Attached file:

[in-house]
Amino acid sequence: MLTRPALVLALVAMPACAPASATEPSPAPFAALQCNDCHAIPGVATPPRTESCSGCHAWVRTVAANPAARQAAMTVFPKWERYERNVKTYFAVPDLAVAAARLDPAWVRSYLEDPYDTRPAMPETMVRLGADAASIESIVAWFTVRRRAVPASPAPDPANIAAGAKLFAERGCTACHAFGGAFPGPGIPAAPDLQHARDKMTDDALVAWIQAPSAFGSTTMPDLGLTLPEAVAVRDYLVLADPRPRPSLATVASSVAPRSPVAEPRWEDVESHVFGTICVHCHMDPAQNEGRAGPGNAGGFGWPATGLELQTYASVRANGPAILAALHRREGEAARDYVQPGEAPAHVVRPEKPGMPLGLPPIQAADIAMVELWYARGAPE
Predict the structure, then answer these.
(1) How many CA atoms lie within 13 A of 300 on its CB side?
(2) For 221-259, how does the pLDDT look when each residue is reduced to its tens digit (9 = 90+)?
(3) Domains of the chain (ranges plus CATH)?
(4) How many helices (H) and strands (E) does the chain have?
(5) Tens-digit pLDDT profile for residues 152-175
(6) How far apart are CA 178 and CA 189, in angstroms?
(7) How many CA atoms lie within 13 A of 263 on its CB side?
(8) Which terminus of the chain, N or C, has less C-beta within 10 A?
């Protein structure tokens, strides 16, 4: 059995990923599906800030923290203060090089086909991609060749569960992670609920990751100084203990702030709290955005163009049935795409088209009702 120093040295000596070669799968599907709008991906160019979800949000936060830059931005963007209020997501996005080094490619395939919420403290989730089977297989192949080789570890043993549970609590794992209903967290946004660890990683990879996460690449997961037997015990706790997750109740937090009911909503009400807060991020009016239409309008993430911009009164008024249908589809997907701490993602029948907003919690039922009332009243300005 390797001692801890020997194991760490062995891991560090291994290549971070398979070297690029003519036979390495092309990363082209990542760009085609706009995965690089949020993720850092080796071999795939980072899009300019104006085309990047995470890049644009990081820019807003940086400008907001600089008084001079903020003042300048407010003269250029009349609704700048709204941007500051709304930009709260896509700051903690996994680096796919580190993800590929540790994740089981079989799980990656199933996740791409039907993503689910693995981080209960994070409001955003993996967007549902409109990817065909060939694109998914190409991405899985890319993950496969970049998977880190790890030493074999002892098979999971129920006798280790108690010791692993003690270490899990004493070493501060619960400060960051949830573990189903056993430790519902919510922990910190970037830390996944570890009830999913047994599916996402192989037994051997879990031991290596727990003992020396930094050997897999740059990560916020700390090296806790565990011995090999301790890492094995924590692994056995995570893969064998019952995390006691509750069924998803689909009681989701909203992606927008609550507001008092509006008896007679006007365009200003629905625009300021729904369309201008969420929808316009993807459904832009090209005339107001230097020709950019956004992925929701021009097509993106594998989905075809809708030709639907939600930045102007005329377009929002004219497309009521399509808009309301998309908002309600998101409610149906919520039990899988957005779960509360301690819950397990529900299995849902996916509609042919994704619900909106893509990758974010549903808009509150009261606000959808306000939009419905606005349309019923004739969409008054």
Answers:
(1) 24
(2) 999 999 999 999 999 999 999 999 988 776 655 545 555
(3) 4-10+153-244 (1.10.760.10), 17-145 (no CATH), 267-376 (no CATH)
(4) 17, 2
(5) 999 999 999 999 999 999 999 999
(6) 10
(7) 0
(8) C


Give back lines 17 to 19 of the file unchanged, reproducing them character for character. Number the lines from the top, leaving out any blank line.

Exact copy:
(4) 17, 2
(5) 999 999 999 999 999 999 999 999
(6) 10